web analytics
November 22, 2014 / 29 Heshvan, 5775
At a Glance
Judaism
Sponsored Post
IDC Herzliya Campus A Day on Campus

To mark IDC Herzliya’s 20th anniversary, we spent a day following Prof. Uriel Reichman, IDC’s founder and president, and Jonathan Davis, VP for External Relations, around its delightful campus.



Home » Judaism » Parsha »

When Is A Single Witness Believed?

At the end of parshas Metzora the Torah discusses the halachos of when a woman becomes a niddah. The Torah says that a woman who becomes a niddah must count seven days from when she stops seeing blood, and then becomes tahor by immersing in a mikveh. The Gemara in Kesubos 72a says that a woman is believed when she counts the seven days on her own. Tosafos in Gittin 2b says that this is the source from the Torah for the rule that eid echad ne’eman b’issurim (one person is believed concerning issurim). Rashi in Yevamos 88a says that the source for this halacha is due to the fact that if the aforementioned rule was not so, no one would be able to eat from his fellow or even from his own household (and apparently that is not possible).

Testimony of two witnesses is always believed, even when it contradicts a chazakah – a halachic rule that states that when there is an unknown we should assume that everything remained status quo. There is a machlokes Rishonim whether the testimony of one person is accepted when it contradicts a chazakah. For example, a live animal is prohibited to be eaten since it is not shechted. If one person will testify that it was shechted, his testimony will contradict the chazakah that it was not shechted. Tosafos, the Rush, and the Mordechai hold that one witness is not believed against a chazakah. The Rashba believes that one witness is believed, even when contradicting a chazakah.

The Shev Shmeitza 6:7 asks the following question: the Gemara (Yevamos 119b) says that when determining a doubt one should follow the rov (majority) over a chazakah. This is known as ruba v’chazakah, ruba adif. Mathematically, since a rov is greater than a chazakah and a chazakah is greater than one witness (according to some Rishonim), we should infer that a rov is greater than one witness. Therefore if three pieces of meat get mixed up (two non-kosher and one kosher) and one witness says that he knows which is the kosher piece, he should not be believed. Since there is a doubt as to which piece is kosher and the halacha of following the rov is telling us that the selected piece is from the majority (non-kosher), one witness cannot contradict the rov and testify which piece is kosher. But today’s norm dictates that this is not the correct halacha. Why? Because it is common for marketplaces to contain a majority of non-kosher meat and only a minority of kosher meat, and the seller is to be believed when saying which pieces are kosher.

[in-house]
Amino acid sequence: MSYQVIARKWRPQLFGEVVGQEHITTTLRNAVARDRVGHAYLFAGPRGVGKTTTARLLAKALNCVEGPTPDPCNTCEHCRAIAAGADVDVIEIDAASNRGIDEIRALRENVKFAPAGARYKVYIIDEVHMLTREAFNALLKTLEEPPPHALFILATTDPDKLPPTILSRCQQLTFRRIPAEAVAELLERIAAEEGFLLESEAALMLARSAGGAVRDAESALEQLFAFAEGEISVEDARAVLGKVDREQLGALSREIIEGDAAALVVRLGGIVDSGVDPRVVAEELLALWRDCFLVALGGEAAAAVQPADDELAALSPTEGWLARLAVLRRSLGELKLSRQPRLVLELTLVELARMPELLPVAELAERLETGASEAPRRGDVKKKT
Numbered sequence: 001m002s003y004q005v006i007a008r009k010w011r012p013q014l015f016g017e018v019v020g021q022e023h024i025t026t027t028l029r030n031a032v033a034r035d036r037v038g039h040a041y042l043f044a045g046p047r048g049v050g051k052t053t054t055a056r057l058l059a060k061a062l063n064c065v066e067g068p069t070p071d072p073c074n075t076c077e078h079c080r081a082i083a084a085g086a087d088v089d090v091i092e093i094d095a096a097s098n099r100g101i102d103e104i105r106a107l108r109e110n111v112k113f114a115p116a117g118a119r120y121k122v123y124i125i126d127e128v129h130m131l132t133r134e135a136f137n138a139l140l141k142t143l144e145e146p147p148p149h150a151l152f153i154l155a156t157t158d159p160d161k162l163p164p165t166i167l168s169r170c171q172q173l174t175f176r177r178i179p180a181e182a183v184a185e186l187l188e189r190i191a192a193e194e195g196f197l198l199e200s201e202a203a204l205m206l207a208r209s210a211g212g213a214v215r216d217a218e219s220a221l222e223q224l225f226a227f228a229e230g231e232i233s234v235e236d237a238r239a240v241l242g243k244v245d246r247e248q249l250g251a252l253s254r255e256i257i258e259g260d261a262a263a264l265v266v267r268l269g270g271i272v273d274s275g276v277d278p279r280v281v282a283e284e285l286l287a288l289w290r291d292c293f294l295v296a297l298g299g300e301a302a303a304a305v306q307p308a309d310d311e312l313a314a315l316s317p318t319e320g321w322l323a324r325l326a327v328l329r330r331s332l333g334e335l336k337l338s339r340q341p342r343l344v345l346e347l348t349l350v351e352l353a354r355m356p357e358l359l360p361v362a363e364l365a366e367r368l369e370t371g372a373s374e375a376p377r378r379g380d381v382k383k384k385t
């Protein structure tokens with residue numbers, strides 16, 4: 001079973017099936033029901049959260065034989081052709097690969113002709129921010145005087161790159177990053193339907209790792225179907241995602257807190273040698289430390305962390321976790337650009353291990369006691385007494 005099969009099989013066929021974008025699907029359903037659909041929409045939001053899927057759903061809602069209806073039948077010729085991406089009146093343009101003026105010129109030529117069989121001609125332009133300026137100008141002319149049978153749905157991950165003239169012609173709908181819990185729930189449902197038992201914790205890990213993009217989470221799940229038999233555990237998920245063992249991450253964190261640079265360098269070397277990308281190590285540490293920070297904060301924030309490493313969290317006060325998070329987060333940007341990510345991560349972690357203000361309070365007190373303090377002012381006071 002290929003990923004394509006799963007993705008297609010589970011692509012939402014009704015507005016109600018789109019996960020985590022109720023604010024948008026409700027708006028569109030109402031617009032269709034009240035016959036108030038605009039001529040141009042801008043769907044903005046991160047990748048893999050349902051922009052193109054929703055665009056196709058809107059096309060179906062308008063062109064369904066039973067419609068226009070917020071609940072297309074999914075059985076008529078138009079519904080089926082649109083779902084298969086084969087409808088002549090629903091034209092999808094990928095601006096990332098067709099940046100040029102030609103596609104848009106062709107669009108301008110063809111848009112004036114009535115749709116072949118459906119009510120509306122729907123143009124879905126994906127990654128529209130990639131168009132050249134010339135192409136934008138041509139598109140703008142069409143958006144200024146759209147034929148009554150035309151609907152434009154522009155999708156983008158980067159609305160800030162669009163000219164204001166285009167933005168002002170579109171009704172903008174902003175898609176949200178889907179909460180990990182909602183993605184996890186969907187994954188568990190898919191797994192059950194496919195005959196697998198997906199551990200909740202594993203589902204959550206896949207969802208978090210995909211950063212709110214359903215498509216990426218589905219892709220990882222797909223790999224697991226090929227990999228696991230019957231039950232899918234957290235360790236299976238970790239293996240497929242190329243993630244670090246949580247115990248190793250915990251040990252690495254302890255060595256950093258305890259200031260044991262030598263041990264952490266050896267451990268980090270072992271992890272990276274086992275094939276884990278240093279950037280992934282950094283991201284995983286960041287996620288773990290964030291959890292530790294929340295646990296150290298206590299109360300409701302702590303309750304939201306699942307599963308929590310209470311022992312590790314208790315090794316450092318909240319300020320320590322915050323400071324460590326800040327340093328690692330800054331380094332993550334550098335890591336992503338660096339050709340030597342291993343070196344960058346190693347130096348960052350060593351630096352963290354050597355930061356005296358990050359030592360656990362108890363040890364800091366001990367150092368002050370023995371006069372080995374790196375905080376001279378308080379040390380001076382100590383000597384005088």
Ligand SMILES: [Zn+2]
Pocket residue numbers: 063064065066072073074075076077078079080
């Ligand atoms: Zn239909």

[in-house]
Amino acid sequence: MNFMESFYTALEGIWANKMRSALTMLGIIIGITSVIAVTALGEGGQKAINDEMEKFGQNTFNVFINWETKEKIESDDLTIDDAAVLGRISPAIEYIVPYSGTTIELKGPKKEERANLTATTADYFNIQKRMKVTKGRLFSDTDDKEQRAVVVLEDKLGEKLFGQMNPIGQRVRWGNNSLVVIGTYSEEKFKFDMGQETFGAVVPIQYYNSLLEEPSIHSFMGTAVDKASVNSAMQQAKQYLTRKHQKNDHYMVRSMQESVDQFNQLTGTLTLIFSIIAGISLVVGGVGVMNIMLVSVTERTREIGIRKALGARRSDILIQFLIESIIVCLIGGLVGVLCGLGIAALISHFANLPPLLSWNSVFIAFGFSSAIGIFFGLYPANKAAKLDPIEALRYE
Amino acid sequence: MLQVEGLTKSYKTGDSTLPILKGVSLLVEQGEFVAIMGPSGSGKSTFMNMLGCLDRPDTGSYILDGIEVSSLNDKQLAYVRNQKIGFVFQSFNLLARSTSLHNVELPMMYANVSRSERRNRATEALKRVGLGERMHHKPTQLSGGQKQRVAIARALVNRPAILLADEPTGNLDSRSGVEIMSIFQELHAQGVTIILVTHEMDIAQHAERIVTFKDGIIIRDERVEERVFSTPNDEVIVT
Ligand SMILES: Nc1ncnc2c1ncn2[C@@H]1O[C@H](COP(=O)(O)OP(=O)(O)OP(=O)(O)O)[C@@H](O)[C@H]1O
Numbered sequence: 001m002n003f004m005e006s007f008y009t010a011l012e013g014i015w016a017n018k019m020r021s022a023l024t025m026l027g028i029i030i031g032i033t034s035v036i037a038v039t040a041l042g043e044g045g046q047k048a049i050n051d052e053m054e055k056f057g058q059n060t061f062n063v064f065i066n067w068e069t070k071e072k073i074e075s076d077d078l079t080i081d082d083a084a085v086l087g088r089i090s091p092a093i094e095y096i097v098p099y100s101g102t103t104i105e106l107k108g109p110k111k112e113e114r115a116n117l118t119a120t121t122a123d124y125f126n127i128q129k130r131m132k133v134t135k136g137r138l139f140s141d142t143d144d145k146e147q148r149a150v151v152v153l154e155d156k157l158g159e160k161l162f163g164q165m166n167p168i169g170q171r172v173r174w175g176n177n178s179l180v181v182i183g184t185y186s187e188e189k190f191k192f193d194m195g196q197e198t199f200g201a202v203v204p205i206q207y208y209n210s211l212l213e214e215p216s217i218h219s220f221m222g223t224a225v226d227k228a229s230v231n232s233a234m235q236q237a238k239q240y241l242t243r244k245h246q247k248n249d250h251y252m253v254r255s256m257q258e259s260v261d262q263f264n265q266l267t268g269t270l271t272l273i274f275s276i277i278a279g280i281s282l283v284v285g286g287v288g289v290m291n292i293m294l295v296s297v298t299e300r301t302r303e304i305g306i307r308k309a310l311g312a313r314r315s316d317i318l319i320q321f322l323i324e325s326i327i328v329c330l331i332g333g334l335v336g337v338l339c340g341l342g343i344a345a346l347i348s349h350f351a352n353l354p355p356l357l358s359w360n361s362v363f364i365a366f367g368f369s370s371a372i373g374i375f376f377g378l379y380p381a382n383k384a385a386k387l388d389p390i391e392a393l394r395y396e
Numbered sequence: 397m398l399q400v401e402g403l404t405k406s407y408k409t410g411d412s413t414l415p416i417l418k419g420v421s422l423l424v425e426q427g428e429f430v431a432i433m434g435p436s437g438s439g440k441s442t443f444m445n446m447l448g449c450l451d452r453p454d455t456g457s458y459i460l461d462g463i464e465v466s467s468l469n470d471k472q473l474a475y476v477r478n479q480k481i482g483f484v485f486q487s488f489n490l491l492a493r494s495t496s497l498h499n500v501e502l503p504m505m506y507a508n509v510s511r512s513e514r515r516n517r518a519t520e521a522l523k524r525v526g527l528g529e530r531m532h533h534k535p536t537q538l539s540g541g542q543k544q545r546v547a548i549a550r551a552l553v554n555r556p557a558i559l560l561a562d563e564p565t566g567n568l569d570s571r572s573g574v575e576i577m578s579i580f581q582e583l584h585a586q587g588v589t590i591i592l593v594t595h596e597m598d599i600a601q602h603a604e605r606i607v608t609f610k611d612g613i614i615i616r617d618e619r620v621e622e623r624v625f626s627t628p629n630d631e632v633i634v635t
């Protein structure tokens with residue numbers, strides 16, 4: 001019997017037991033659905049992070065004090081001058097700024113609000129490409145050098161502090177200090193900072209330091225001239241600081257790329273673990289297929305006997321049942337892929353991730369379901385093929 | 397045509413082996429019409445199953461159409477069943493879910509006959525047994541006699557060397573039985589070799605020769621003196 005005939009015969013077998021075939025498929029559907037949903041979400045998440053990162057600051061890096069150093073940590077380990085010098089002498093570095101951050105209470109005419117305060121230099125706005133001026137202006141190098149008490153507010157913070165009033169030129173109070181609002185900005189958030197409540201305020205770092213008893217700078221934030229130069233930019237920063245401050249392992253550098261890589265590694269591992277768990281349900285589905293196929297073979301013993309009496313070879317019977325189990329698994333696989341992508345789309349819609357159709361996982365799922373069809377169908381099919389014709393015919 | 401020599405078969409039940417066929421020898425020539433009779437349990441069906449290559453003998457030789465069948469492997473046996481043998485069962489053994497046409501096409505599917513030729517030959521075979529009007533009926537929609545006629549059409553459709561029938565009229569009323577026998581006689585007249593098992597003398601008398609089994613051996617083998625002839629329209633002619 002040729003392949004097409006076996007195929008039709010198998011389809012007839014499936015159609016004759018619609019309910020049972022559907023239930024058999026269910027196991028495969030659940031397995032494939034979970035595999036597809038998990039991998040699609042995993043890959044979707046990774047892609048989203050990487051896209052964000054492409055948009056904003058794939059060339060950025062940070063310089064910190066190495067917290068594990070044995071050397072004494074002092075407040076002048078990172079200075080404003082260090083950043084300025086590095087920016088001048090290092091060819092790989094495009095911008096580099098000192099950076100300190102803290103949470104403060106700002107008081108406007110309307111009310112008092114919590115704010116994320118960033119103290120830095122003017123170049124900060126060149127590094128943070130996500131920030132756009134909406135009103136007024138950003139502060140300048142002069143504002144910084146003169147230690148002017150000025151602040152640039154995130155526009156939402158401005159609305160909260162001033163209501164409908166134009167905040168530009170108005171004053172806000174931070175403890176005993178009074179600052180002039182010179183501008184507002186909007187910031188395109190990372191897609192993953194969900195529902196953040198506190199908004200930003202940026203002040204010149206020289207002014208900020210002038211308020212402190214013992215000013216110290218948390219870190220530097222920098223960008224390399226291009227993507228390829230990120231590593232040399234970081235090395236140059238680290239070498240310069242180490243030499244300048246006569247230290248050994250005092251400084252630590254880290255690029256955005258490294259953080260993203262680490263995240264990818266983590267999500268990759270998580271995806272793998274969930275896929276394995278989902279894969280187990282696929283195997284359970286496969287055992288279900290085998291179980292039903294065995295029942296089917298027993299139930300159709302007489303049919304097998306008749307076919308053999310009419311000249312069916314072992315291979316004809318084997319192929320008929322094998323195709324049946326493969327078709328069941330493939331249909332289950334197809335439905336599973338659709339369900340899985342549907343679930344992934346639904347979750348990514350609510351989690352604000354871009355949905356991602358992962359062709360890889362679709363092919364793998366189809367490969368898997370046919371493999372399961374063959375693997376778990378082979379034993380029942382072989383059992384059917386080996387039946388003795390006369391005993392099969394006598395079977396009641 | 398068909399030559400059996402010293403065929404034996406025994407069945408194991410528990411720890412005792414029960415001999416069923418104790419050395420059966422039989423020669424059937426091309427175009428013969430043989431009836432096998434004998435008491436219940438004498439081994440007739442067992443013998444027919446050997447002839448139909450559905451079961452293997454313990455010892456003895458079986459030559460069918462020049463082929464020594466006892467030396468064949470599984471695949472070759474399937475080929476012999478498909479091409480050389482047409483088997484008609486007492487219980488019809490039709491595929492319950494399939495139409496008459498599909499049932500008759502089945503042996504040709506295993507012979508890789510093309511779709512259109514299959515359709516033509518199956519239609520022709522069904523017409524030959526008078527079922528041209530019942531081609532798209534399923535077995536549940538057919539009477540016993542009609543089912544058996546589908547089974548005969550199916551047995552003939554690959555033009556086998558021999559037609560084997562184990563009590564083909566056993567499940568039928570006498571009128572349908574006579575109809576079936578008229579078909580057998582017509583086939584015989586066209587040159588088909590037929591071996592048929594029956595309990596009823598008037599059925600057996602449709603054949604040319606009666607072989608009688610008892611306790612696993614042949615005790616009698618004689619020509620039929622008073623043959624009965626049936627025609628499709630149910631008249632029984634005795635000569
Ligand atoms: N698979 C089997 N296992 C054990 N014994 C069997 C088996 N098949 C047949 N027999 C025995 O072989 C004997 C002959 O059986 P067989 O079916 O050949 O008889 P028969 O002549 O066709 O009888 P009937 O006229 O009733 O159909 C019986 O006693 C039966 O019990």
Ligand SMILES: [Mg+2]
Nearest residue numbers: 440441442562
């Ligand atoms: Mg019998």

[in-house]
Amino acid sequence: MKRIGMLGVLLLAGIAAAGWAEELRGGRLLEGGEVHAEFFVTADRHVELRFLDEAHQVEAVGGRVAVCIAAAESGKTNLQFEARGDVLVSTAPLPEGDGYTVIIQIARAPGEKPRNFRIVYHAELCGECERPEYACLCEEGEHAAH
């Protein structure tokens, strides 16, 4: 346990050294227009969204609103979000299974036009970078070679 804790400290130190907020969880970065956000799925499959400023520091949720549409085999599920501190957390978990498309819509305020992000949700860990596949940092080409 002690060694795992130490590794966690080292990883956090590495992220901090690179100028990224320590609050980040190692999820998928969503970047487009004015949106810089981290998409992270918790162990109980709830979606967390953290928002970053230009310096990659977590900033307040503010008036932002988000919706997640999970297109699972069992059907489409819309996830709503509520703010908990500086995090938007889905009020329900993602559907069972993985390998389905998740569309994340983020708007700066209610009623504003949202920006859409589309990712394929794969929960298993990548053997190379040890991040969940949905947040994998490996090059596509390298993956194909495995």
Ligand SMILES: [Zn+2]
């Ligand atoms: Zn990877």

The Chelkas Yoev writes that there is an explicit tosefta in Pesachim at the end of the fifth perek that says that one witness is believed over a rov. The Pnei Yehoshua (Kiddushin 63b) also says that one witness will be believed over a rov. He explains that the rule that one witness is not believed against a chazakah only applies when the chazakah is foolproof. However when the chazakah is weakened prior to the testimony of the witness, the witness will be believed. The Pnei Yehoshua adds that a chazakah that is not weakened is even stronger than a rov. Based on this there is no longer any indication that a rov is stronger than one witness. Thus in the case of the marketplace that contains a majority of non-kosher meat, one witness will be believed.

The Shev Shmeitza disagrees with the Pnei Yehoshua and offers another suggestion. The only case where one witness is not believed against a chazakah is when even according to his testimony, the item was forbidden at one point and he is attempting to remove it from its current status. However, if according to his testimony the item was never forbidden, his testimony is not considered contradictory to the chazakah and thus he is believed. The same would apply when one witness testifies about a case that has a rov. As a result, in the case of the pieces of meat that were mixed up, the witness testified that he always knew which piece was kosher; therefore, according to his testimony, there is no mixture and thus there is no rov. If the pieces are not mixed, a rov does not apply since there is no doubt. Therefore his testimony is not contradicting the rov. Hence he is believed.

If a single witness would testify that he found an animal to be treif, his testimony would directly contradict the rov that states that the majority of animals are not treif. He may be believed on a different merit but, according to the Rishonim that say that a single witness is not believed against a chazakah, he would not be believed against a rov as well.